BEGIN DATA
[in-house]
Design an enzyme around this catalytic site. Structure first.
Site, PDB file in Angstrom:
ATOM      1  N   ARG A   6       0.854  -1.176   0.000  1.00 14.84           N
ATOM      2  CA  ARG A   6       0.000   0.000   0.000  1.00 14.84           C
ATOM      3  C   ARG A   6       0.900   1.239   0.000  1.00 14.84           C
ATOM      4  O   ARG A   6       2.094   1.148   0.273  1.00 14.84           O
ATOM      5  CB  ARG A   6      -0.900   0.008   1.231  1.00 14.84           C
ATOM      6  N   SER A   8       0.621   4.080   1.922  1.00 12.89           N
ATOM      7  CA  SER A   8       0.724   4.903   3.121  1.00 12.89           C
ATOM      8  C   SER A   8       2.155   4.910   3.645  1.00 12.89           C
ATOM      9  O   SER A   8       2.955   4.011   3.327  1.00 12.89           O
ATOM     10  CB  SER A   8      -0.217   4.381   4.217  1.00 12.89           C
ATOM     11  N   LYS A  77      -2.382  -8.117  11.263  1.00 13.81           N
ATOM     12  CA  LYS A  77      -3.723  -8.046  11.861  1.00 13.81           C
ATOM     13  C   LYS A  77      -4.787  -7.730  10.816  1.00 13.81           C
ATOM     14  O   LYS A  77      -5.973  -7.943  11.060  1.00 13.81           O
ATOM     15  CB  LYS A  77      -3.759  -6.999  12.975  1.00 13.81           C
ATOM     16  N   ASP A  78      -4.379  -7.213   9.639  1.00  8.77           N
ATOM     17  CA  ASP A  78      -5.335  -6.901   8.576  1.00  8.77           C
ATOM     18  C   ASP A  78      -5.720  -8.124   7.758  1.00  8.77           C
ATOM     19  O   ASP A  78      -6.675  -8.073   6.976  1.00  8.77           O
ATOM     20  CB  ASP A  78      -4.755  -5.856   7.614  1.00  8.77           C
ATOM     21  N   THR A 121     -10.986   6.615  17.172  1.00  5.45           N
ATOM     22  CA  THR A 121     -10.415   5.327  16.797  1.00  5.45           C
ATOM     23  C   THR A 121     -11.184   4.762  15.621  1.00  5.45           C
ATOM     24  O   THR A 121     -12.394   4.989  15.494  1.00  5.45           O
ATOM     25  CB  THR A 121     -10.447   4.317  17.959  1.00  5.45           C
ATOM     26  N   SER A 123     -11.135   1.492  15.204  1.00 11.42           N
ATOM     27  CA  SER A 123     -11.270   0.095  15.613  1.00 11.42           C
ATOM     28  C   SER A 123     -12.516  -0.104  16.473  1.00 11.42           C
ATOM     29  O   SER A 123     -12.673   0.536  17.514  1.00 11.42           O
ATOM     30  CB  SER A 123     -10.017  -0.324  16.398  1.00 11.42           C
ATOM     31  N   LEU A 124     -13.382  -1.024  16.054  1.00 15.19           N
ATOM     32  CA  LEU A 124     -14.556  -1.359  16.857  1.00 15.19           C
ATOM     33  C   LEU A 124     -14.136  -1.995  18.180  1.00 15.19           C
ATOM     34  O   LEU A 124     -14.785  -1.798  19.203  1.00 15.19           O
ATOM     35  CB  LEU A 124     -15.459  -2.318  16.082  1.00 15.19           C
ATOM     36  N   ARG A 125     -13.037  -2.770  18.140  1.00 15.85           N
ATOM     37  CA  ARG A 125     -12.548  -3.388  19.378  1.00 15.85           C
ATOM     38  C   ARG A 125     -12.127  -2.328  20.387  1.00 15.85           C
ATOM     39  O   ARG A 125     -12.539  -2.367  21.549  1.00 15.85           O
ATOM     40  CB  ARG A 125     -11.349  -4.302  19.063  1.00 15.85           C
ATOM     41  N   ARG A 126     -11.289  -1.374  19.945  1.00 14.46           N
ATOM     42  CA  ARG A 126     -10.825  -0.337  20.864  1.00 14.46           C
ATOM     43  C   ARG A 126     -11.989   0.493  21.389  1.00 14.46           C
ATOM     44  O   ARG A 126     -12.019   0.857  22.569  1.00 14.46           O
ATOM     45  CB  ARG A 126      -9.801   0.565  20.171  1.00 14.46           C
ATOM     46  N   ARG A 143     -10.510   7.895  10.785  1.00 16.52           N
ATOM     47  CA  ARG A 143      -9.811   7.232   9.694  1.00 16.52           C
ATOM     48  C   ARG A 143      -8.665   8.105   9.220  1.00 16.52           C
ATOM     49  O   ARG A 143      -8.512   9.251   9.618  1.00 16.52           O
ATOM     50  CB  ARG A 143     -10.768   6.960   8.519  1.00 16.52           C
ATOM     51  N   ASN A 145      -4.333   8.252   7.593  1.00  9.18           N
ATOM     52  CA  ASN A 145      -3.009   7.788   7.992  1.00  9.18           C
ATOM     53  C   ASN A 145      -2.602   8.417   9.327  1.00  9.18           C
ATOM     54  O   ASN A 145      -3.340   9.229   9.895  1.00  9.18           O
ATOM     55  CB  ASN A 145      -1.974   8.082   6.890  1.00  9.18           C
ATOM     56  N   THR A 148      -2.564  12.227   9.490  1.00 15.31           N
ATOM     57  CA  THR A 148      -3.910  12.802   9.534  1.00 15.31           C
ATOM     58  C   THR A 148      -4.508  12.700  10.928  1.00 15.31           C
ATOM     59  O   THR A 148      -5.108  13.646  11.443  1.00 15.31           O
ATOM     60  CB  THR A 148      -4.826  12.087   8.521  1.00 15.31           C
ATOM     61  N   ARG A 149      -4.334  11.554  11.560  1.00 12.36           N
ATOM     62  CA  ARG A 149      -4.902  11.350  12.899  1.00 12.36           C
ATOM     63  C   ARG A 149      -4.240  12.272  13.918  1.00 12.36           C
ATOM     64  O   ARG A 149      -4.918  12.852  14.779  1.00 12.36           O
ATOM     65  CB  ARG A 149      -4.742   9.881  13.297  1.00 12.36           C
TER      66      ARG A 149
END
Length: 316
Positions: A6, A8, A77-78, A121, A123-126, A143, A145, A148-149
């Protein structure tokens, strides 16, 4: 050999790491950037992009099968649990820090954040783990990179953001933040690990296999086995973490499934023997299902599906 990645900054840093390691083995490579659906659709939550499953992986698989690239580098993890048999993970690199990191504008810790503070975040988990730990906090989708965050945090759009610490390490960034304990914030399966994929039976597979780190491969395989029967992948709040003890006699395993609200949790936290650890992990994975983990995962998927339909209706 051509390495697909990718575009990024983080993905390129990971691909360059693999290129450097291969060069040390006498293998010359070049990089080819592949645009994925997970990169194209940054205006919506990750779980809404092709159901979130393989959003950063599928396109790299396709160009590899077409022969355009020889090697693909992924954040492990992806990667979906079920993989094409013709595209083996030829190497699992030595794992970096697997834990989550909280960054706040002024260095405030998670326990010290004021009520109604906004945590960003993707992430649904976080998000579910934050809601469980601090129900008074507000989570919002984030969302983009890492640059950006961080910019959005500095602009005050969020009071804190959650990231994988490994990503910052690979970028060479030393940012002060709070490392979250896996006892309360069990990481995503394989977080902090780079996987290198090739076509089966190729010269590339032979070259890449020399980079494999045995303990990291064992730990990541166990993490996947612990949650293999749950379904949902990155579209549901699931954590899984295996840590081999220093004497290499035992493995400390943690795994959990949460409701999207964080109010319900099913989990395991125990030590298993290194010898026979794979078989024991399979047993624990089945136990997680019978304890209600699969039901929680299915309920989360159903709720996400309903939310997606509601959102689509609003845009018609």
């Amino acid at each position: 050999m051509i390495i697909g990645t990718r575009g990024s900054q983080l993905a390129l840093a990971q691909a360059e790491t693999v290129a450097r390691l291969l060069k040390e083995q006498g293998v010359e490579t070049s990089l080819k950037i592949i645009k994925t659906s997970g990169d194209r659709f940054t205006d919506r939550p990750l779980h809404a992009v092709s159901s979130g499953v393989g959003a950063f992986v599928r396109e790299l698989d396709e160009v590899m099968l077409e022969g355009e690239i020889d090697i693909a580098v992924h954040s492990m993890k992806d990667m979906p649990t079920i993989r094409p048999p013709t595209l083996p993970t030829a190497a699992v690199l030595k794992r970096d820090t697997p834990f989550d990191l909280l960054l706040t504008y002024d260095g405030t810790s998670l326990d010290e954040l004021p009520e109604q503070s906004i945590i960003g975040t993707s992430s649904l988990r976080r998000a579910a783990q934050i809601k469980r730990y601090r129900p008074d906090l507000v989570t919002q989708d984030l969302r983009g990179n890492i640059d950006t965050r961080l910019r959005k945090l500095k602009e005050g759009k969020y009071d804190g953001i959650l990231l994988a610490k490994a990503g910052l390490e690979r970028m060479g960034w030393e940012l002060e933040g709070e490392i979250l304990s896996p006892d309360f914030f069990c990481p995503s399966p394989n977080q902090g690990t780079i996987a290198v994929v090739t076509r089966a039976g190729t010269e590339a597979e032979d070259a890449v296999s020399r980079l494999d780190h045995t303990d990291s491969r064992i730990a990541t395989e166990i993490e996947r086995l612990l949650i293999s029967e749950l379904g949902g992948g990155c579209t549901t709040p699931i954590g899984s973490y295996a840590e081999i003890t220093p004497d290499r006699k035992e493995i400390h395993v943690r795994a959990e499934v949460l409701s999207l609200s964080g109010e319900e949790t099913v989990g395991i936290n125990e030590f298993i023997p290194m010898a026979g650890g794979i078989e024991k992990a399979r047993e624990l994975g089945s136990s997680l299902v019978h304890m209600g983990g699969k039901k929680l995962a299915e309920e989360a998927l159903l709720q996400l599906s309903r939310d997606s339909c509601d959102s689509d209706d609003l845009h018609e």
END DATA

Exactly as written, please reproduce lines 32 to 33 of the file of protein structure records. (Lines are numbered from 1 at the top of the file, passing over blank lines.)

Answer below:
ATOM     29  O   SER A 123     -12.673   0.536  17.514  1.00 11.42           O
ATOM     30  CB  SER A 123     -10.017  -0.324  16.398  1.00 11.42           C